When a person is prescribed a medication, he or she receives instructions about how much to take (dose) and how often to take it. Dose and frequency may vary depending on the severity of the condition being treated. The length of time a person takes the medicine also depends on the condition and its severity. Should we think about psychotherapy the same way in terms of dose and frequency of administration? Rigorous studies have shown that specific psychotherapies are beneficial in treating specific conditions. Should the dosing parameters of such psychotherapies be studied? Would some therapies be just as effective when administered at high doses over short periods of time as with the more common regimen of weekly sessions over 3 to 4 months or longer?

A recent study by Anke Ehlers and colleagues in the American Journal of Psychiatry demonstrates that intensive (high-dose, short-term) cognitive therapy (CT) is as effective as lower-dose, longer-term CT in treating patients with post-traumatic stress disorder (PTSD). CT is an evidenced-based psychotherapy that focuses on teaching patients how to modify dysfunctional thoughts.

In this study, intensive CT consisted of approximately 18 hours of treatment administered over 5 to 7 days. Up to 2 additional sessions were conducted one week and one month later in order to go over homework assignments and discuss progress. Standard CT therapy involved weekly sessions for about 3 months. Booster sessions after 3, 4, and 5 months were an option for both the intensive CT and standard CT groups. By the end of the study, about the same number of sessions had been administered in the 2 CT groups (10 regular and 2 booster sessions).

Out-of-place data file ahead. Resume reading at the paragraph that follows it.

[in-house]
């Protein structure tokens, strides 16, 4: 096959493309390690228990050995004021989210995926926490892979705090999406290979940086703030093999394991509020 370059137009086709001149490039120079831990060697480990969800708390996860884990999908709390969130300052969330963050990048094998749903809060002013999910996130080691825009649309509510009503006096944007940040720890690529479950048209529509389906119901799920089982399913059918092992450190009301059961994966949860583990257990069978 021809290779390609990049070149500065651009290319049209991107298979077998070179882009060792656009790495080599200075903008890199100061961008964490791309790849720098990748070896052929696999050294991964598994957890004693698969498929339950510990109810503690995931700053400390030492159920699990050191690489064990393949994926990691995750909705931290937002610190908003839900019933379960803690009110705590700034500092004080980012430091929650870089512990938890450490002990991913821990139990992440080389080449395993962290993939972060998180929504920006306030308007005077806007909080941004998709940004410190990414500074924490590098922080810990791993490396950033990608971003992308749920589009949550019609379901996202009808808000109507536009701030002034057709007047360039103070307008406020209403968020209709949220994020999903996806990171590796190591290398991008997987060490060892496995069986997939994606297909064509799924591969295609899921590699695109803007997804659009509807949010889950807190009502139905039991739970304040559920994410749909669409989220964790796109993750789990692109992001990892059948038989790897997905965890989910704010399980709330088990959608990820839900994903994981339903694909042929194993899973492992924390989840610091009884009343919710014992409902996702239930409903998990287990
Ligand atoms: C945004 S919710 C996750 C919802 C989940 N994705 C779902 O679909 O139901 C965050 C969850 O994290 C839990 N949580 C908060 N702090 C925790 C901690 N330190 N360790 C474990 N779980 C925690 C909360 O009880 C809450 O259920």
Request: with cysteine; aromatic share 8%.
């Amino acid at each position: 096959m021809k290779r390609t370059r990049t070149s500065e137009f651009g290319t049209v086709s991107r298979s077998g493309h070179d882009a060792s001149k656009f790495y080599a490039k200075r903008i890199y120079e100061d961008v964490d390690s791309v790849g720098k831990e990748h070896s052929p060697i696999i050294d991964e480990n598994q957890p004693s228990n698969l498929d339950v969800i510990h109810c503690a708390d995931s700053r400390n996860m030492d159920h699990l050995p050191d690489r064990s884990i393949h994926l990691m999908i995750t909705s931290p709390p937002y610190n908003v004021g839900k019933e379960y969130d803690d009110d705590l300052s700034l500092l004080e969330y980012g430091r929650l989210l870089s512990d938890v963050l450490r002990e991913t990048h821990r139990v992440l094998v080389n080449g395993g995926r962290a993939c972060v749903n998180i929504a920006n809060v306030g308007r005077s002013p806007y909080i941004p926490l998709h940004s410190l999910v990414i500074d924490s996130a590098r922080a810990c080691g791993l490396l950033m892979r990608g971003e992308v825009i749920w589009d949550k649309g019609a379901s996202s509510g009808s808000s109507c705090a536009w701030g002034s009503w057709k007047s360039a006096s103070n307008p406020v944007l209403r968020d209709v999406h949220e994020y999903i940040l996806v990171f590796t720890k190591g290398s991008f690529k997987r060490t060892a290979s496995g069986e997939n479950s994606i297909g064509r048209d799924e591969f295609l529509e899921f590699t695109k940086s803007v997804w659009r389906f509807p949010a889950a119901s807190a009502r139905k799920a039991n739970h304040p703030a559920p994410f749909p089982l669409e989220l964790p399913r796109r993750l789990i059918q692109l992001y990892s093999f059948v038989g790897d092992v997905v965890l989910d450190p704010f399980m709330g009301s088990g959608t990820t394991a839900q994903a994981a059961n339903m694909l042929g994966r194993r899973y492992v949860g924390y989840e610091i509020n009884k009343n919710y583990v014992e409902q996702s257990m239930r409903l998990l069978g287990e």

Participants in the study included 121 patients suffering from PTSD. The study was restricted to people whose PTSD was linked to 1 or 2 discrete traumatic events experienced during adulthood. The most common of these events involved interpersonal violence, accidents, or disasters. The investigators assessed improvement of PTSD symptoms with standardized interview instruments and self-report assessments. In addition, changes in anxiety and depression symptoms were examined along with changes in disability and quality of life.

The results of this study demonstrated that intensive, short-term CT for PTSD worked as well as the more standard course of therapy. The amount of improvement was similar for both groups and persisted at least until the end of the 40-week study period. The intensive treatment led to more rapid improvement. Both forms of CT worked substantially better than weekly sessions of emotion-focused supportive treatment, and all three forms of therapy were better in reducing symptoms than no treatment at all.

If these results are replicated by other investigators, this work would have important implications.  Many people with PTSD might prefer short-term, intensive therapy. Those with jobs might find it easier to take a week off for an intensive course of therapy, especially if this would lead to more rapid improvement. Also, intensive, short-term therapy might be more efficient and, therefore, less expensive. Would intensive therapy help military personnel with PTSD? Would it be more effective to administer an intense brief course of therapy closer to the time of the stressor? These are important questions that deserve study.

CT is effective for a large number of psychiatric conditions. Would other psychiatric conditions that have been shown to respond to conventional CT also respond to brief, intensive therapy? Patients with such conditions might find it more acceptable to receive intense treatment over a shorter period of time.

If treatment response to intense therapy is more rapid, would such an approach complement medications in those patients with conditions that would benefit from a combination of CT and medications? Would a week of intensive therapy help a person improve more rapidly than medication alone? 

Some might feel that talking about psychotherapies in terms of dose and frequency detracts from the nature of therapy. We believe that it is important to take advantage of current clinical research data in order to best implement effective therapeutic approaches. This becomes even more important in an era of constrained health care reimbursement and substantial psychiatric need in the population.

This column was written by Eugene Rubin MD, PhD and Charles Zorumski MD.

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